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Local hops add flavor to Northland brewing scene

Cascade hops are seen growing last summer at North Road Hops in Hovland on the North Shore. (Photo courtesy of Susan Thompson)

There are more than two dozen craft breweries in operation or in the works in the Northland, part of a boom in beer and spirits production in the region in recent years.

The local focus of those breweries and also the vibrant homebrewing scene is not just contained in the perfect pint — it extends to some of the ingredients that make that beer possible.

Ryan Melton of Harbor Hops in Two Harbors started his "hop grow" in 2012. Owned and operated by Melton and his wife, Lori, Harbor Hops has about a half-acre dedicated to growing hops. The Meltons have focused on homebrewers as their customers for the past few years.

"It's been lots of learning," he said. "But last year was a bumper crop."

Hops, the conical flowers of the hop plant, are one of the main ingredients in beer, along with barley, water and yeast. Hops are used for flavoring and aroma. Numerous varieties exist, each with their own unique characteristics, according to the website All About Beer. Varieties are differentiated by international bittering units, or IBUs. Beers that have hops with a high IBU will have a more bitter flavor, such as an IPA, or India Pale Ale.

The hop plant is a climbing plant. It's usually tied to a trellis to train the "bines," or vines without tendrils, which can grow up to 20 feet high, explained Susan Thompson of North Road Hops in Hovland.

Thompson's hop grow, which she plans on doubling in size to two-thirds of an acre by the end of the fall, is managed with organic farming practices, though it is not certified organic.

Growing hops can be an intensive gardening endeavor that begins with cutting the bines back once they emerge in the spring. It can take four to five years for a crop to be established.

The climate of the region does not have too great an effect on hop plants, according to the local growers, outside of having a shorter growing season than other areas.

"Historically, they are grown at the 47th latitude," Thompson said. "Germany and the west coast — Oregon, Washington — all are grown at the same latitude as here."

"Humidity is the biggest problem — it's too high here," Melton said. "That's why many are grown out west."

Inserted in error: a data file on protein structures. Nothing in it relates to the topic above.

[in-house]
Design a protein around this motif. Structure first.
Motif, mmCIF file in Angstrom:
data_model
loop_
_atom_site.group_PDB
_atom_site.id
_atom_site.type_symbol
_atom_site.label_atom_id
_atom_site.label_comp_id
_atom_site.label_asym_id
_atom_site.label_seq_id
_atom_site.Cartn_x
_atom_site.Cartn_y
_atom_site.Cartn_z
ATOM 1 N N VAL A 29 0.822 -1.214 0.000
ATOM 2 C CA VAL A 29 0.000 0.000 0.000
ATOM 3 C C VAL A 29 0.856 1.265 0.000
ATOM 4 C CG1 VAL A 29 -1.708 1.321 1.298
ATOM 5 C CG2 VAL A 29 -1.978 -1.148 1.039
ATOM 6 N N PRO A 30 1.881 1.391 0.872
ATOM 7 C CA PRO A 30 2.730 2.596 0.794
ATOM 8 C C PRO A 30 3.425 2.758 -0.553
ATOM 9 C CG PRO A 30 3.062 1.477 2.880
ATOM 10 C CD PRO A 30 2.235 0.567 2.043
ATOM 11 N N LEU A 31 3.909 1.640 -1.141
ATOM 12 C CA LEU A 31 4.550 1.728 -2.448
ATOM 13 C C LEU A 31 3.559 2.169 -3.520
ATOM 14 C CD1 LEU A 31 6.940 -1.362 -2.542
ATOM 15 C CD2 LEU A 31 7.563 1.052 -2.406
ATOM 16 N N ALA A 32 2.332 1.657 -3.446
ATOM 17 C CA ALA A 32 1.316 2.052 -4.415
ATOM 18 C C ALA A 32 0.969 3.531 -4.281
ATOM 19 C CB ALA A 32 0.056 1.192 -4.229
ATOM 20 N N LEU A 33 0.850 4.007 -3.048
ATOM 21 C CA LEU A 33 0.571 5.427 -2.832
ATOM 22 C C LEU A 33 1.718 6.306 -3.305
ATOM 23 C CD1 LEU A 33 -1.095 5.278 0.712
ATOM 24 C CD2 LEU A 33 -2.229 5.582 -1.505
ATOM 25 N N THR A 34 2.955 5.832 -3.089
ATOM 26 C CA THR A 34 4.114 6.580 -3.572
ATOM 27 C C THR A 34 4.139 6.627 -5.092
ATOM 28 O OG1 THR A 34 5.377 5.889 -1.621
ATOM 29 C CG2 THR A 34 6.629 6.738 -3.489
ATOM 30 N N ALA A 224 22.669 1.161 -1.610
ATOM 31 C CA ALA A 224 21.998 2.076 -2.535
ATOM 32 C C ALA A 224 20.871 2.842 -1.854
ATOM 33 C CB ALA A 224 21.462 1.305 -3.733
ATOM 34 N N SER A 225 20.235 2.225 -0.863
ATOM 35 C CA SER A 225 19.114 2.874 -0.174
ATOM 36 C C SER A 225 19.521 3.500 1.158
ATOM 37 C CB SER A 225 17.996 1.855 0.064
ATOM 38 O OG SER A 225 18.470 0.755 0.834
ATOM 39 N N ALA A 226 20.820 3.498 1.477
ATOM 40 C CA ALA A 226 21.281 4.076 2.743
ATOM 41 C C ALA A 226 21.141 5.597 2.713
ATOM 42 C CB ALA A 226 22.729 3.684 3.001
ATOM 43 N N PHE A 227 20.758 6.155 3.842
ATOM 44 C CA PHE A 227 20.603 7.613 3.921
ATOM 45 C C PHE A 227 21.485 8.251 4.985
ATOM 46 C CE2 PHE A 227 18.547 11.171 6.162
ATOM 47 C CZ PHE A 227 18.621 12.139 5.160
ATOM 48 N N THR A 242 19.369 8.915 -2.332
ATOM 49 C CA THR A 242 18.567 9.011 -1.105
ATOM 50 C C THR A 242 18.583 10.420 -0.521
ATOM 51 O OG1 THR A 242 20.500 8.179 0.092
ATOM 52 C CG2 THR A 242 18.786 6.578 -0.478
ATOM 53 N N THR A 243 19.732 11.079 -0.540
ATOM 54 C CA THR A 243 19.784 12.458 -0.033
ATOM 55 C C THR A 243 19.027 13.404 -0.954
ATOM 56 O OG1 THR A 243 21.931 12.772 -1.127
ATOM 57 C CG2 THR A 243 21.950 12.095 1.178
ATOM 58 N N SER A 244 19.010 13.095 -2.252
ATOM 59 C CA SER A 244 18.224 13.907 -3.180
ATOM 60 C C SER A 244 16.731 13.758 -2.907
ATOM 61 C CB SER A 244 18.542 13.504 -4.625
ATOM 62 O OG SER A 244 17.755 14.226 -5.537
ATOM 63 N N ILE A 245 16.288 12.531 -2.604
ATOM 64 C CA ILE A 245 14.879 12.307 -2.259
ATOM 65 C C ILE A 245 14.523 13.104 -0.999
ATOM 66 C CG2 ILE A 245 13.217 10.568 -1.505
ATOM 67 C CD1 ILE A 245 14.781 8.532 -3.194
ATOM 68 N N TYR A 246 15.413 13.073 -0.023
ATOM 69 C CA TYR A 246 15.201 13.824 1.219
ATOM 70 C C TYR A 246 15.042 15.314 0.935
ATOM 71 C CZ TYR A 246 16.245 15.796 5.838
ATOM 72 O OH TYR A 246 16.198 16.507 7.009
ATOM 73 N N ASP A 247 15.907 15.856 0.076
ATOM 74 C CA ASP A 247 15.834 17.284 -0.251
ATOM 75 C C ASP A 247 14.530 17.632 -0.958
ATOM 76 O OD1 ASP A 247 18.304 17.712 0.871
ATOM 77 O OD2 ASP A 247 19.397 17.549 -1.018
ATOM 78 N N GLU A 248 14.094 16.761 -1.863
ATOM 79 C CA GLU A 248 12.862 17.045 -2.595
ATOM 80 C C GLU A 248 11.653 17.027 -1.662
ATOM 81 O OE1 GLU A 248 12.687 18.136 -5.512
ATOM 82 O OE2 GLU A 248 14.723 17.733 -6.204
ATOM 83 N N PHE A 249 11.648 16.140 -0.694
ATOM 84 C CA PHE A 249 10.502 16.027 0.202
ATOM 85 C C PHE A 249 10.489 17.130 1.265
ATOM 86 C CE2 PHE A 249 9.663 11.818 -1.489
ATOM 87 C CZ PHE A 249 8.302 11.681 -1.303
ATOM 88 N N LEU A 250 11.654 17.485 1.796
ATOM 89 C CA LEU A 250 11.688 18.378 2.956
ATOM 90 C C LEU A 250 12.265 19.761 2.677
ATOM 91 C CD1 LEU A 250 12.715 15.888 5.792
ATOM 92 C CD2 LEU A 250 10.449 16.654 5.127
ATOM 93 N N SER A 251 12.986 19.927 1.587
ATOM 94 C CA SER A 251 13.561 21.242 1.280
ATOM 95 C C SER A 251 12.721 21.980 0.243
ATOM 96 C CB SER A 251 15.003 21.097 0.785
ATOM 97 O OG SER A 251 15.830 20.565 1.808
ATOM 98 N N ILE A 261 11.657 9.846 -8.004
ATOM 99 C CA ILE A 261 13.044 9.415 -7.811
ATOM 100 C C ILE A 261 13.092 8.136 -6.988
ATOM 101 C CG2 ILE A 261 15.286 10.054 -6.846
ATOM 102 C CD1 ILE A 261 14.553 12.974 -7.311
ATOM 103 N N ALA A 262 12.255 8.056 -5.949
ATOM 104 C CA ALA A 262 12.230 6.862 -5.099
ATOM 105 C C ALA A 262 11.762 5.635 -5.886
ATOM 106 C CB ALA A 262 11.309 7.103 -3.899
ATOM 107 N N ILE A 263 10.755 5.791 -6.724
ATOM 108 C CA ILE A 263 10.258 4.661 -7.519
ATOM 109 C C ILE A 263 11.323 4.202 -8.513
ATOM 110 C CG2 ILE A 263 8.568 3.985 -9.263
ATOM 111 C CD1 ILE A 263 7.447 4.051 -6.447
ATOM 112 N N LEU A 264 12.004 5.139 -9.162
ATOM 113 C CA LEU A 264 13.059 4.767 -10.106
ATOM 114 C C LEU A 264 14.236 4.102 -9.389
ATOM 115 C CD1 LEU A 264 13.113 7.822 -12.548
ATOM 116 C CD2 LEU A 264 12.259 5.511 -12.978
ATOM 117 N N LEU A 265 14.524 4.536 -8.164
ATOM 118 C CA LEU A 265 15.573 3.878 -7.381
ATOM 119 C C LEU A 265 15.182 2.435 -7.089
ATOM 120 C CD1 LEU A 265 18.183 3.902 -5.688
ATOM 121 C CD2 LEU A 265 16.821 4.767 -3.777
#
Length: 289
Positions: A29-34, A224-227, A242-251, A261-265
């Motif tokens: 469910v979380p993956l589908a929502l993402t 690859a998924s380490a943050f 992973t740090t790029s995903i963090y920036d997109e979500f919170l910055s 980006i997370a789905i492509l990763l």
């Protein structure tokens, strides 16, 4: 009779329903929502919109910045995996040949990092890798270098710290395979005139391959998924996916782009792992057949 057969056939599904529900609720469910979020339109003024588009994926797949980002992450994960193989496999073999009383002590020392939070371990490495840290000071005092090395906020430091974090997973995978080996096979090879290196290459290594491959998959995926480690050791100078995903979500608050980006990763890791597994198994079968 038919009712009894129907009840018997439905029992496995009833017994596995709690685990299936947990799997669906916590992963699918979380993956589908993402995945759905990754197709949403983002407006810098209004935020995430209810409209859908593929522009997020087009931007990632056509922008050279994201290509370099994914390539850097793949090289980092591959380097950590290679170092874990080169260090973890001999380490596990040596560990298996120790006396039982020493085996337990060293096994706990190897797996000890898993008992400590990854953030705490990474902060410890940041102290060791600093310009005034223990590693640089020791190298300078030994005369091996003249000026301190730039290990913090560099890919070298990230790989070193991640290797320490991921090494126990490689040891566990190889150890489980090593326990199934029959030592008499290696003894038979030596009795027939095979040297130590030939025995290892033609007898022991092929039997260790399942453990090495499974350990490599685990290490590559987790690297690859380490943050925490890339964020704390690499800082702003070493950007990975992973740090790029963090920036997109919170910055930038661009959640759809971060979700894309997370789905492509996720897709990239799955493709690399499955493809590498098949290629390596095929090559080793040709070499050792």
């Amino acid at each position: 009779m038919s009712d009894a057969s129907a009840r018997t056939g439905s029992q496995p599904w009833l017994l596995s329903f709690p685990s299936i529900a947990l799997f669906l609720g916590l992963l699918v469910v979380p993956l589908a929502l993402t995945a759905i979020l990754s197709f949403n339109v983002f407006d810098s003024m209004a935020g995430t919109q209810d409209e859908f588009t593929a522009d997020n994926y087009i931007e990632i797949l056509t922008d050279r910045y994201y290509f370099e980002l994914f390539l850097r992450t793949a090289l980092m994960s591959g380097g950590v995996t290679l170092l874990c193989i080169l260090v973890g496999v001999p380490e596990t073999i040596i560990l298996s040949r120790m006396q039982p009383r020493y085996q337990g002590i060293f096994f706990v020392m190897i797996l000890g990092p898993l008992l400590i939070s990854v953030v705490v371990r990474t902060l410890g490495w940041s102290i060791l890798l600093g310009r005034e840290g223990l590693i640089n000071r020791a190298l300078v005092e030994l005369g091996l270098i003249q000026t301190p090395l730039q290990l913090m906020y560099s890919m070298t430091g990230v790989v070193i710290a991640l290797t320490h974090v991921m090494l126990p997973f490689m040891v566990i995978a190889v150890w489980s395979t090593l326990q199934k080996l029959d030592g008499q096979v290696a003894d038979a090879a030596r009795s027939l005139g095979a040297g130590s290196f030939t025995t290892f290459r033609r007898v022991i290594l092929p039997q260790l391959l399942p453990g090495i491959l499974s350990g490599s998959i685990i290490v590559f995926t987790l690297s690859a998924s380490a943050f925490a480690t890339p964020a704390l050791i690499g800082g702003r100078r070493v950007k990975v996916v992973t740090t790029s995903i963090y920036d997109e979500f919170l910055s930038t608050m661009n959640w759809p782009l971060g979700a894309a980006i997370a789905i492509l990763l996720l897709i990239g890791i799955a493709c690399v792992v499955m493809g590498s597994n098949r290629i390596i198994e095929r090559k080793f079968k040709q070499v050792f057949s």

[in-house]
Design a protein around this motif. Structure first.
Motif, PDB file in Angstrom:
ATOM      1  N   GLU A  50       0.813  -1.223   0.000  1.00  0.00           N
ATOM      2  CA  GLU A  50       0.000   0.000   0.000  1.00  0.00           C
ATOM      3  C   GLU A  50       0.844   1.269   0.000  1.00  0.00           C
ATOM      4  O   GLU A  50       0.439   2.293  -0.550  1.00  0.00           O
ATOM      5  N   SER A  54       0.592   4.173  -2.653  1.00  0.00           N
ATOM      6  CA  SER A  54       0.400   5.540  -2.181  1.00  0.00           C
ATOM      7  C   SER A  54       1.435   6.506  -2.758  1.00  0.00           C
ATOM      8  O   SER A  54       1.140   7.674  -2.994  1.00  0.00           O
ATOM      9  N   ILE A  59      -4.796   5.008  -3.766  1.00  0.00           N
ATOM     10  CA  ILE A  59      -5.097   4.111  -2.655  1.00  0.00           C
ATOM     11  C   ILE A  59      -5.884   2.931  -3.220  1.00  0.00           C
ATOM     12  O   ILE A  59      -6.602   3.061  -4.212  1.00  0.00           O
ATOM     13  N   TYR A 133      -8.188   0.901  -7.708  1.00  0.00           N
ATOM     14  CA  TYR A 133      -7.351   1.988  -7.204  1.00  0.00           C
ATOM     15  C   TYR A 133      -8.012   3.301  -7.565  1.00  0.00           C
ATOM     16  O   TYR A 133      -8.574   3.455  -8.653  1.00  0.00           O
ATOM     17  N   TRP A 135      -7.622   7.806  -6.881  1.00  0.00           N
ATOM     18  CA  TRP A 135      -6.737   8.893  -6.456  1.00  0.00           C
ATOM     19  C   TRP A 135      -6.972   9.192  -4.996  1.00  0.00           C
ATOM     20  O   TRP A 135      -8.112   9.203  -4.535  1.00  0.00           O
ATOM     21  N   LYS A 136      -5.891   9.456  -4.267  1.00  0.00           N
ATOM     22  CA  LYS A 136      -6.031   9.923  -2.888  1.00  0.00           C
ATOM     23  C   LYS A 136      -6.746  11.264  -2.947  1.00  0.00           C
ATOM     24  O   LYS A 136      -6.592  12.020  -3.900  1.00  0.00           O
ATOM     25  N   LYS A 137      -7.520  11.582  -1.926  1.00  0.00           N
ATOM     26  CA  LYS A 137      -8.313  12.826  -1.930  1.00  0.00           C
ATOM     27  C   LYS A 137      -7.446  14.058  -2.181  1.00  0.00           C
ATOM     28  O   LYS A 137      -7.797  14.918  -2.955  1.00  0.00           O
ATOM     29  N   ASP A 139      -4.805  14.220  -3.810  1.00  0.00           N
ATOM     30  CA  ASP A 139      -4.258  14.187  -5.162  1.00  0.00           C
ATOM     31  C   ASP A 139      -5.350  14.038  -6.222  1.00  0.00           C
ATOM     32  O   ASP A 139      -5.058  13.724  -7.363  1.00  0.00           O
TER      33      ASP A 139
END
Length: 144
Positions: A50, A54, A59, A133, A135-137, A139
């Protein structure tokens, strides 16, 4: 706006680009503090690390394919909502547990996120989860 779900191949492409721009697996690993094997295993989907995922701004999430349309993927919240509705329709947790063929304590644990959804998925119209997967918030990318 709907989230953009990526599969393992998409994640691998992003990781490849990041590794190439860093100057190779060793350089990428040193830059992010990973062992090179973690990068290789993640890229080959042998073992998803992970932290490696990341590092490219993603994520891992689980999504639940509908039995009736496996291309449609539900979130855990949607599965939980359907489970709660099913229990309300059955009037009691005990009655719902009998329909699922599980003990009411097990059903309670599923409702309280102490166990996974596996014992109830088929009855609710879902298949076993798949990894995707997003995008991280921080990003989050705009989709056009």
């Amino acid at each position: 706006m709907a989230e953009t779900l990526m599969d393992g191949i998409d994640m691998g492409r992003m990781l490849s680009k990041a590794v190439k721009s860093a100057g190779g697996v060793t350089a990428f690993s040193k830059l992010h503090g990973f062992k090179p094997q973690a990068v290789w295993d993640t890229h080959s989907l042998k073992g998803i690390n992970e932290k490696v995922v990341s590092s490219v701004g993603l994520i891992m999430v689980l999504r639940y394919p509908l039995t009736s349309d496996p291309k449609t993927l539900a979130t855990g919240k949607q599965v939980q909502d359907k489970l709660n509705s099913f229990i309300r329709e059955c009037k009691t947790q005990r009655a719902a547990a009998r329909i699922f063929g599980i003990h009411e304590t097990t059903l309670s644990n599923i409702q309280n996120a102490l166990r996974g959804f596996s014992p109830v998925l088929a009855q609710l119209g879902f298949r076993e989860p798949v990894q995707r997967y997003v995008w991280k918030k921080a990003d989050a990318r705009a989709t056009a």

Melton said high humidity was the biggest reason the industry died out in this region in the 1800s, which is when hops were introduced to the area. Some of those plants introduced to the area more than 100 years ago still call the region home — although now they grow wild.

"They were brought over by homesteaders," Thompson said. "Sweden, Norway, Germany or wherever people came from where they brewed their own beer."

Melton said they can still be found in the area, often near an old homestead and where they have drifted into the woods. Wild hops are much more widespread in the southern half of Minnesota.

"I found some at Gooseberry Falls," he said, and added that samples were taken by the Minnesota Hop Growers Association to determine the genetics. "But where I grew up in Rochester, they are everywhere."

Thompson said the testing is needed because without knowing the genetics of the wild hop, using it in brewing would result in a bit of a wild card as far as the flavor profile.

Thompson said she is intrigued at the possibilities, though.

"It is interesting how they keep coming back up without any pruning, fertilization, or special attention," she said. "It really speaks to the character of the plant."

Hops can be added to the brewing process in two ways, the growers said — either as dry hops or wet.

Wet-hopping is a time-sensitive process in which the hops need to be added into the brewing process within 24 hours of being picked.

"It makes a product that only tastes like that once a year," Thompson said, noting that Voyageur Brewing Company in Grand Marais has used both wet and dry hops that she has grown.

It is that uniqueness that Thompson credits as the appeal of locally grown hops.

"It allows the (brewers) to be creative," she said. "And is such a variety for consumers."

That ability to be creative is why Melton said most of his customers tend to be homebrewers.

"Many of the breweries have a reputation on the line that is based on the taste of their beer," he said. "Mass-produced hops can offer more consistency."

He also noted that many brewers do not have the equipment to use whole hops.

Melton said even though he has no intention of expanding his business, he is excited about the surge of independent brewing in the area — and said that connecting with a small brewer who would get behind some experimentation with his hops would be great exposure.

"I love that people are expanding their palates and trying new things," he said, describing his foray into hop growing as one that he never expected to get rich from, but more of a passion.

While a love of gardening and beer got Thompson started, it is people that keep her going.

"It's about relationships with local people. They are excited to get this ingredient from you," she said. "I get to provide a little piece of the puzzle."


  • Harbor Hops:
  • North Road Hops:
  • Minnesota Hop Growers Association:

DNT Extra

Inside the Sunday (April 23) paper, News Tribune subscribers will find an issue of DNT Extra focusing on the craft beer and spirits boom in the Northland.

If you're not a subscriber — or if you'd like additional copies of DNT Extra — they're available for $4 at the News Tribune offices. And to subscribe, call (800) 456-8080.